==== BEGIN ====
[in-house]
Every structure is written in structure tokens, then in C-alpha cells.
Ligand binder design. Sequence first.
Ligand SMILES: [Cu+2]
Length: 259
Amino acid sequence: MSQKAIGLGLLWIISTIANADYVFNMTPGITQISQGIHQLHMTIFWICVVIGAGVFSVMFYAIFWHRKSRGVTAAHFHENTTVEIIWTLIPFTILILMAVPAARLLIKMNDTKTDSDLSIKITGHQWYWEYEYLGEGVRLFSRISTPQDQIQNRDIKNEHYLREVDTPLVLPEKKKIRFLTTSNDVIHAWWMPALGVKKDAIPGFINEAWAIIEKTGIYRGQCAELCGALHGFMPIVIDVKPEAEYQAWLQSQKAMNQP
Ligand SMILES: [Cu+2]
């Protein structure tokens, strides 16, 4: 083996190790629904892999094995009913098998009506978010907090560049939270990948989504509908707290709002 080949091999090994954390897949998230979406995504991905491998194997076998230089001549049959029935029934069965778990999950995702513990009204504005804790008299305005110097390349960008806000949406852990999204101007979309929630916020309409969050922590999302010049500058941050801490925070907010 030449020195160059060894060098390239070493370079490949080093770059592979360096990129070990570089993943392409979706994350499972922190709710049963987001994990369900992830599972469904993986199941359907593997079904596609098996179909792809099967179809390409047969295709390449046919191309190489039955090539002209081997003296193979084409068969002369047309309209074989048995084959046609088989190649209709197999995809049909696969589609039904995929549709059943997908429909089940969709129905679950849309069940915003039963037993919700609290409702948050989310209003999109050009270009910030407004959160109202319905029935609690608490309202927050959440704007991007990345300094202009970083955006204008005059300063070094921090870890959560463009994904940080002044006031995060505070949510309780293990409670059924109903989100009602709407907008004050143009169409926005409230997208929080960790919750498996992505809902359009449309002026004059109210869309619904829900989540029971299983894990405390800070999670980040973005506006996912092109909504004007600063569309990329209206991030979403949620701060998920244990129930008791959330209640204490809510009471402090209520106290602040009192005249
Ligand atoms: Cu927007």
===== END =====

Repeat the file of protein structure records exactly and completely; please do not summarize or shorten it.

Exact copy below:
[in-house]
Every structure is written in structure tokens, then in C-alpha cells.
Ligand binder design. Sequence first.
Ligand SMILES: [Cu+2]
Length: 259
Amino acid sequence: MSQKAIGLGLLWIISTIANADYVFNMTPGITQISQGIHQLHMTIFWICVVIGAGVFSVMFYAIFWHRKSRGVTAAHFHENTTVEIIWTLIPFTILILMAVPAARLLIKMNDTKTDSDLSIKITGHQWYWEYEYLGEGVRLFSRISTPQDQIQNRDIKNEHYLREVDTPLVLPEKKKIRFLTTSNDVIHAWWMPALGVKKDAIPGFINEAWAIIEKTGIYRGQCAELCGALHGFMPIVIDVKPEAEYQAWLQSQKAMNQP
Ligand SMILES: [Cu+2]
């Protein structure tokens, strides 16, 4: 083996190790629904892999094995009913098998009506978010907090560049939270990948989504509908707290709002 080949091999090994954390897949998230979406995504991905491998194997076998230089001549049959029935029934069965778990999950995702513990009204504005804790008299305005110097390349960008806000949406852990999204101007979309929630916020309409969050922590999302010049500058941050801490925070907010 030449020195160059060894060098390239070493370079490949080093770059592979360096990129070990570089993943392409979706994350499972922190709710049963987001994990369900992830599972469904993986199941359907593997079904596609098996179909792809099967179809390409047969295709390449046919191309190489039955090539002209081997003296193979084409068969002369047309309209074989048995084959046609088989190649209709197999995809049909696969589609039904995929549709059943997908429909089940969709129905679950849309069940915003039963037993919700609290409702948050989310209003999109050009270009910030407004959160109202319905029935609690608490309202927050959440704007991007990345300094202009970083955006204008005059300063070094921090870890959560463009994904940080002044006031995060505070949510309780293990409670059924109903989100009602709407907008004050143009169409926005409230997208929080960790919750498996992505809902359009449309002026004059109210869309619904829900989540029971299983894990405390800070999670980040973005506006996912092109909504004007600063569309990329209206991030979403949620701060998920244990129930008791959330209640204490809510009471402090209520106290602040009192005249
Ligand atoms: Cu927007």